Join Andy Willingham, Martin Fisher, and Steve Ragan as they discuss information security, news, and interview interesting folks. They focus on the operational and leadership aspects of information security using a distinctly southern viewpoint.

4.) Exotic Liability

Chris Nickerson and Ryan Jones tackle a wide range of security topics in this podcast. Here's how they describe it: Exotic Liability will push you into the new generation of Security. On your own or by force, Chris Nickerson and Ryan Jones will be bringing you the best content from the TOP/ middle and Sewers of the Security industry. No more firewall admins speculating about how attacks happen, these are the pros or even the bad guys. These are the people that make Security tick. If you are tired of the old solutions and rhetoric, join in.

5.) PaulDotCom's Security Weekly

Arguably one of the most popular podcasts on the Internet, Paul Asadoorian and crew live stream the show for video as well as audio. Regular guests include Tenable Security's Jack Daniel.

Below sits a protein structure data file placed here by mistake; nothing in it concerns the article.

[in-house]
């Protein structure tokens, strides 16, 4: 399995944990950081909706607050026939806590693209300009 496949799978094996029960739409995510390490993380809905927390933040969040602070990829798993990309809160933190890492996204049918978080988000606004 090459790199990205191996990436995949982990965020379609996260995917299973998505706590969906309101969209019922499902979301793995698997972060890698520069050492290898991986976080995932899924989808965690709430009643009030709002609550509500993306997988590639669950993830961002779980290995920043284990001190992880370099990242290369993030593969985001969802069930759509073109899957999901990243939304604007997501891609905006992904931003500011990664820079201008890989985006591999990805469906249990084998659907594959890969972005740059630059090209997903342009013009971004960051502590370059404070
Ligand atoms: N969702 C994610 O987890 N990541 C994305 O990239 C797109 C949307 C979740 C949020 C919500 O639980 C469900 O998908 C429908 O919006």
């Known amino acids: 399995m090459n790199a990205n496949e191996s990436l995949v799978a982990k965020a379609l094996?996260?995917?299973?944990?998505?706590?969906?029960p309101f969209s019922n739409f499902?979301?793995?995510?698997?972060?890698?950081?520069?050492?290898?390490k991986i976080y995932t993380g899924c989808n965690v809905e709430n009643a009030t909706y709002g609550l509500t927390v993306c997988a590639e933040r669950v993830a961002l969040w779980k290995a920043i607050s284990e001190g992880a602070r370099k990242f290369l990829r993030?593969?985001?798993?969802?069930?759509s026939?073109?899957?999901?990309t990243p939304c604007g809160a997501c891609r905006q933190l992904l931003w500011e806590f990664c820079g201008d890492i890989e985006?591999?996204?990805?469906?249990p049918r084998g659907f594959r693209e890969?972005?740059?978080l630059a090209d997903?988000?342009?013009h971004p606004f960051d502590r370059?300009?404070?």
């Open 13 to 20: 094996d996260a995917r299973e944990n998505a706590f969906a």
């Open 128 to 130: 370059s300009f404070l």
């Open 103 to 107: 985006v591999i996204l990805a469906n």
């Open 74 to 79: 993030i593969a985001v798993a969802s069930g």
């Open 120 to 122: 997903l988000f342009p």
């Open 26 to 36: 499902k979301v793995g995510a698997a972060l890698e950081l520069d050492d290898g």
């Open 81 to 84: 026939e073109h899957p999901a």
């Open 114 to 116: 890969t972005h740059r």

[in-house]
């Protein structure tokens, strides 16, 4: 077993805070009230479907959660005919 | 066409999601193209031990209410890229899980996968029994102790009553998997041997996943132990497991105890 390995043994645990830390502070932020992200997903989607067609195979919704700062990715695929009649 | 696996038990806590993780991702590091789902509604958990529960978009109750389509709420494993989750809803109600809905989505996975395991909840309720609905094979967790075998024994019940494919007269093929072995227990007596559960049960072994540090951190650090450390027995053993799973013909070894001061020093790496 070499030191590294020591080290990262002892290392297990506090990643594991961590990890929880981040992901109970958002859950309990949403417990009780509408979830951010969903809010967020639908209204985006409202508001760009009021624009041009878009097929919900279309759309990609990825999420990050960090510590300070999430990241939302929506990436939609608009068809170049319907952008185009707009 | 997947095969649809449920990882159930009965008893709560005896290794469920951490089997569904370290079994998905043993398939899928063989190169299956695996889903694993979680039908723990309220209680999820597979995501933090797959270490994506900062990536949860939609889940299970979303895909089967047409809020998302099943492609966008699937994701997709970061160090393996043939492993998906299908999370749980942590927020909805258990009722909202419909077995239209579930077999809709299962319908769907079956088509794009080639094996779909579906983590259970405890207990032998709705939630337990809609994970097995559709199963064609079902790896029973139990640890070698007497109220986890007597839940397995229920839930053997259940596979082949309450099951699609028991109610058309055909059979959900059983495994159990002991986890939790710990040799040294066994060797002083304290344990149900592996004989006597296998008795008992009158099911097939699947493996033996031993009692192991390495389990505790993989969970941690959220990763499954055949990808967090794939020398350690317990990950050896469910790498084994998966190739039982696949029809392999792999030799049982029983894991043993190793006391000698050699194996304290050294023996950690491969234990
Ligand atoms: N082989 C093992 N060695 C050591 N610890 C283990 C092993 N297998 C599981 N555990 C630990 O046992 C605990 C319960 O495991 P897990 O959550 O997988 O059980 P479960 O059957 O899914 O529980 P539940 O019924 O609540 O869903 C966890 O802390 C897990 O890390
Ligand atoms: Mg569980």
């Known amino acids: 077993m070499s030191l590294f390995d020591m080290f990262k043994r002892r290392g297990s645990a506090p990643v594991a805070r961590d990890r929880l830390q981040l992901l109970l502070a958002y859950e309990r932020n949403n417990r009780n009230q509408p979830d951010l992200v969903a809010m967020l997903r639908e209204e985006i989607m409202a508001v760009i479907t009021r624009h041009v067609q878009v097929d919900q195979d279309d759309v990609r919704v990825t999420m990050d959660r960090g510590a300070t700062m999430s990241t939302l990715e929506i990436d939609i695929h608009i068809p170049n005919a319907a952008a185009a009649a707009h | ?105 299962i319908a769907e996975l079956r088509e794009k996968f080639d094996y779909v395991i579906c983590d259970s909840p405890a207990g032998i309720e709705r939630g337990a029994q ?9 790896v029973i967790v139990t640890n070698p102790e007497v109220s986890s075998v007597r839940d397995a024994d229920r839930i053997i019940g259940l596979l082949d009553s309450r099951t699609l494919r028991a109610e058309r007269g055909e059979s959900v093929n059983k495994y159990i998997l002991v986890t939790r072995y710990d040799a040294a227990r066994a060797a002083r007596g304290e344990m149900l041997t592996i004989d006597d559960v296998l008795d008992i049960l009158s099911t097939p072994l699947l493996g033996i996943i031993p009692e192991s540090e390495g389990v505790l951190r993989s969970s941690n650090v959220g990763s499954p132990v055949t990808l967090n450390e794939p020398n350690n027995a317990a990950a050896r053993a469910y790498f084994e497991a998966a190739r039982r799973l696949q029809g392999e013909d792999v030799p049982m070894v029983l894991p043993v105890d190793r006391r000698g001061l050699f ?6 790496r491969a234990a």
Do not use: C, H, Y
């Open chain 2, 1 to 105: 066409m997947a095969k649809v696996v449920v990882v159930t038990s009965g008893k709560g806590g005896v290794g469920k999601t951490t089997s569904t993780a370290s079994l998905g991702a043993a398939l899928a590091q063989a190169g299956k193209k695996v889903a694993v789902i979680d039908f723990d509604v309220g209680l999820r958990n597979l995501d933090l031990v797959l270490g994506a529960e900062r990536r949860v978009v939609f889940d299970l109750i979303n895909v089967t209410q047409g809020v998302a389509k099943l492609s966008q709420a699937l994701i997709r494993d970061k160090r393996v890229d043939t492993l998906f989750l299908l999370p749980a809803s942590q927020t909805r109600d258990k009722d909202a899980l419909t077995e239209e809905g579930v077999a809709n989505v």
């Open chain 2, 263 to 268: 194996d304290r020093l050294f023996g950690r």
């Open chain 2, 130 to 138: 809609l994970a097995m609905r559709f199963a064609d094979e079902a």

6.) Risky Business Podcast

Patrick Gray takes a "lighthearted" look at information security news and features.

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PLXsert Eyes Spike in SNMP Reflection DDoS Attacks

Akamai's Prolexic Security Engineering Response Team (PLXsert) has seen a significant resurgence in the use of Simple Network Management Protocol (SNMP) reflection attacks this past month.

In an advisory, PLXsert said these DDoS attacks abuse the SNMP protocol, which is commonly supported by network devices such as printers, switches, firewalls and routers.

More Bricks of Security Enlightenment

Akamai Security Advocate Dave Lewis (@gattaca on Twitter) continues his prolific blogging on CSOonline. He has also begun writing for Forbes. What follows are his posts so far for May 2014. We begin with his inaugural Forbes column.